Trial registration
Current Controlled Trials ISRCTN11225767 (registration date: 3 July 2012); Clinicaltrials.gov NCT01658124 (registration date: 26 July 2012).
Electronic supplementary material
The online version of this article (doi:10.1186/1745-6215-15-450) contains supplementary material, which is available to authorized users.
doi:10.1186/1745-6215-15-450
PMCID: PMC4253634  PMID: 25409738
Gastrointestinal bleeding; Tranexamic acid; Clinical trials
6.  Applying results from clinical trials: tranexamic acid in trauma patients 
This paper considers how results from clinical trials should be applied in the care of patients, using the results of the Clinical Randomisation of an Antifibrinolytic in Significant Haemorrhage (CRASH-2) trial of tranexamic acid in bleeding trauma patients as a case study. We explain why an understanding of the mechanisms of action of the trial treatment, and insight into the factors that might be relevant to this mechanism, is critical in order to properly apply (generalise) trial results and why it is not necessary that the trial population is representative of the population in which the medicine will be used. We explain why cause (mechanism)-specific mortality is more generalizable than all-cause mortality and why the risk ratio is the generalizable measure of the effect of the treatment. Overall, we argue that a biological insight into how the treatment works is more relevant when applying research results to patient care than the application of statistical reasoning.
doi:10.1186/s40560-014-0056-1
PMCID: PMC4336134
Evidence-based medicine; Generalizability; Clinical trials; Tranexamic acid; Trauma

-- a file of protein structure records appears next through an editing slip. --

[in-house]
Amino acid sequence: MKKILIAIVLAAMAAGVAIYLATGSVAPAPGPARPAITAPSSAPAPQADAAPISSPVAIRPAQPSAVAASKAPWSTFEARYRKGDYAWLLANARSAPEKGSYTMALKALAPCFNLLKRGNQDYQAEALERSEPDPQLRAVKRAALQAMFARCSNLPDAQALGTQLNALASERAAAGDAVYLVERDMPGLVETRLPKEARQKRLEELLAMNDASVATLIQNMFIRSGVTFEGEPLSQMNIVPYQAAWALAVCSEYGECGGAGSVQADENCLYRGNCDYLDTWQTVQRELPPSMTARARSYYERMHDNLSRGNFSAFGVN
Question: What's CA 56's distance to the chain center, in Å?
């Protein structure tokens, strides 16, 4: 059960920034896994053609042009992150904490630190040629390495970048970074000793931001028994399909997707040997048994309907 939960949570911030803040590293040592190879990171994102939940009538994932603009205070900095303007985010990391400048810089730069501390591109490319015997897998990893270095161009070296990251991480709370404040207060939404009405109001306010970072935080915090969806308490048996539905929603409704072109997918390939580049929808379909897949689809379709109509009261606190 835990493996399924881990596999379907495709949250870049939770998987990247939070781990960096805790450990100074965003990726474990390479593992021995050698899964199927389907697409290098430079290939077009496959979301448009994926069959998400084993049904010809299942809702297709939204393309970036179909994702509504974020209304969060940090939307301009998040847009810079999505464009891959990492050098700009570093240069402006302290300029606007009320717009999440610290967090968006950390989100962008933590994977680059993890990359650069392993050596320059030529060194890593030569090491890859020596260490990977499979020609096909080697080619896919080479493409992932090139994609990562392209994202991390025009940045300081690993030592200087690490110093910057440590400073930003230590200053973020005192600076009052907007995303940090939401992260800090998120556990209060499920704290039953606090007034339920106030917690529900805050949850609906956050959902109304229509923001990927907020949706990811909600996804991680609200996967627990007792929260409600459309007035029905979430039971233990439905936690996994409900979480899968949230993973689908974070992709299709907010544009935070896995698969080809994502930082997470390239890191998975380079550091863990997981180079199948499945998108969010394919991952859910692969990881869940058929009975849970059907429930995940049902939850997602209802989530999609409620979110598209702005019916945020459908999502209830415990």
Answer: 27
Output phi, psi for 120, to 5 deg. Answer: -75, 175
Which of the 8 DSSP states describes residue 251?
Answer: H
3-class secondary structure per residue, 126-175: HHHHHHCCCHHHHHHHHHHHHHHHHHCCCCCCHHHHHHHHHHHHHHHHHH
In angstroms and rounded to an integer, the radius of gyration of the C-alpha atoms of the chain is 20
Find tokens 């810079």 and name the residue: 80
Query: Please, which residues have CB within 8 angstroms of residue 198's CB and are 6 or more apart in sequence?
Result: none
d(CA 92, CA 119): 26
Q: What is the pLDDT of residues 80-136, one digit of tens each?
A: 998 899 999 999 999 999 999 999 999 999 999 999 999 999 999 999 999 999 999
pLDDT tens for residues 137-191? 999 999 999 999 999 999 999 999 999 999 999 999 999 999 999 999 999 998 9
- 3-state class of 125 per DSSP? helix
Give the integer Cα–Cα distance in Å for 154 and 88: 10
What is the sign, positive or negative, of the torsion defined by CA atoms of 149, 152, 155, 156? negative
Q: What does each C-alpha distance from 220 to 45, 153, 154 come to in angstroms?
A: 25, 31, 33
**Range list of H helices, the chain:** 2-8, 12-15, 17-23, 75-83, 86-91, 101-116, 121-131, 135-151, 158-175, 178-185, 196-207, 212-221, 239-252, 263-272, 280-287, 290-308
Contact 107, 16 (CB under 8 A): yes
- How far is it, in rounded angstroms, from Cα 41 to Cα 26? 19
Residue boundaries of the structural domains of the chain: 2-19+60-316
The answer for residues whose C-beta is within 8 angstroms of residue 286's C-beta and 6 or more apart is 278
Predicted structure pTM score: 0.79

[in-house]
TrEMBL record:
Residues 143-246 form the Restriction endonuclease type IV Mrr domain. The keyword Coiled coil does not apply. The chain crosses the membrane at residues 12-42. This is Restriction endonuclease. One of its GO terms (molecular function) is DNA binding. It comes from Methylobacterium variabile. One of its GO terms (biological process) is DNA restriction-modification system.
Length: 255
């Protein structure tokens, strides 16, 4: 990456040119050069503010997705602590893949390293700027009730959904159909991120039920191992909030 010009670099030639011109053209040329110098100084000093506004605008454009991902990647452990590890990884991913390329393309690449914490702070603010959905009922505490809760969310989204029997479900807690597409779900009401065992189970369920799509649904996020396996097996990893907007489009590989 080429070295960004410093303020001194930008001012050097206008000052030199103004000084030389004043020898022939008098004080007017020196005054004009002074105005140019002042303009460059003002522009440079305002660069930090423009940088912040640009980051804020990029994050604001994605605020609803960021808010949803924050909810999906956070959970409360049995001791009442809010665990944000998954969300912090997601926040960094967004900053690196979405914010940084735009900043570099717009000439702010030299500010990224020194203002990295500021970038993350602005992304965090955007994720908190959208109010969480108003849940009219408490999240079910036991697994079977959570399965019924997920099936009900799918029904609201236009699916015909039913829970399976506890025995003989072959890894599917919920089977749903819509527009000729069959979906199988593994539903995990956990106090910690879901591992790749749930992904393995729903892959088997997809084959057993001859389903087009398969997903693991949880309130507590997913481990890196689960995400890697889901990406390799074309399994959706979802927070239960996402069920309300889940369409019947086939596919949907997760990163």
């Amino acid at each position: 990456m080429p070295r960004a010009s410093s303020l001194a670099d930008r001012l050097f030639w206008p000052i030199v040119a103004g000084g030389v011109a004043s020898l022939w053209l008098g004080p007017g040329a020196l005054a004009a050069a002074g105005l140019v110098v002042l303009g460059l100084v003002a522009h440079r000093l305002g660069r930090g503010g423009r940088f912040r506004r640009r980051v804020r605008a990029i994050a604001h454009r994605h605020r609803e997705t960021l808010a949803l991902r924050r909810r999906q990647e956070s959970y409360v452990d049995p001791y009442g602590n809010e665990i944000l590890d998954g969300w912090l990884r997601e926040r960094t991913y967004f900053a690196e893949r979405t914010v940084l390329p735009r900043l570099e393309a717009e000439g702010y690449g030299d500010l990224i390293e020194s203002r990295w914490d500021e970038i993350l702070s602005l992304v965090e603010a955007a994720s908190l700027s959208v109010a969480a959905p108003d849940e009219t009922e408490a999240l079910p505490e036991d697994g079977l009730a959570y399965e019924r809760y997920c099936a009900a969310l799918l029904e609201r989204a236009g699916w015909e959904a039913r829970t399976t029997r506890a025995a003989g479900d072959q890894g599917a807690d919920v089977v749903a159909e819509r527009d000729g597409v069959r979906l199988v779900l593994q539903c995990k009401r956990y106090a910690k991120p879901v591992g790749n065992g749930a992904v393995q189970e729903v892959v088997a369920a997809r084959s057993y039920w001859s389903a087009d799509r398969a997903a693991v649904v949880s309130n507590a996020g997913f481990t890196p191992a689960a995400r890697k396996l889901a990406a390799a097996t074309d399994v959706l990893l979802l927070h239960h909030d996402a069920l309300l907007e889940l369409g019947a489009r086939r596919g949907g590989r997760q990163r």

7.  Interventions for preventing injuries caused by impaired alertness in individuals with jet lag and shift work disorder 
This is the protocol for a review and there is no abstract. The objectives are as follows:
To assess the effects of interventions for preventing injuries caused by impaired alertness in persons with jet lag or shift work disorder.
doi:10.1002/14651858.CD007741
PMCID: PMC4176681  PMID: 25267894
8.  Caffeine for the prevention of injuries and errors in shift workers 
Background
Sleepiness leads to a deterioration in performance and attention, and is associated with an increased risk of injury. Jet lag and shift work disorder are circadian rhythm sleep disorders which result in sleepiness and can elevate injury risk. They create a need for individuals to operate at times which are different to those dictated by their circadian rhythms. Consequently there is also a need for interventions to help ensure that these persons can do so safely. Caffeine has a potential role in promoting alertness during times of desired wakefulness in persons with jet lag or shift work disorder, however its effects on injury and error are unclear.
Objectives
To assess the effects of caffeine for preventing injuries caused by impaired alertness in persons with jet lag or shift work disorder.
Search methods
We searched the Cochrane Injuries Group Specialised Register, CENTRAL (The Cochrane Library), MEDLINE, EMBASE, PsycINFO, CINAHL, TRANSPORT (to July 2008); and PubMed databases (to April 2010). We also searched the Internet and checked reference lists of relevant papers.
Selection criteria
Randomised controlled trials investigating the effects of caffeine on injury, error or cognitive performance in people with jet lag or shift work disorder.
Data collection and analysis
Two authors independently screened search results and assessed full texts for inclusion. Data were extracted and risk of bias was assessed. Estimates of treatment effect (odds ratio and standardised mean difference (SMD)) and 95% confidence intervals (CI) were calculated and pooled using the fixed-effect model.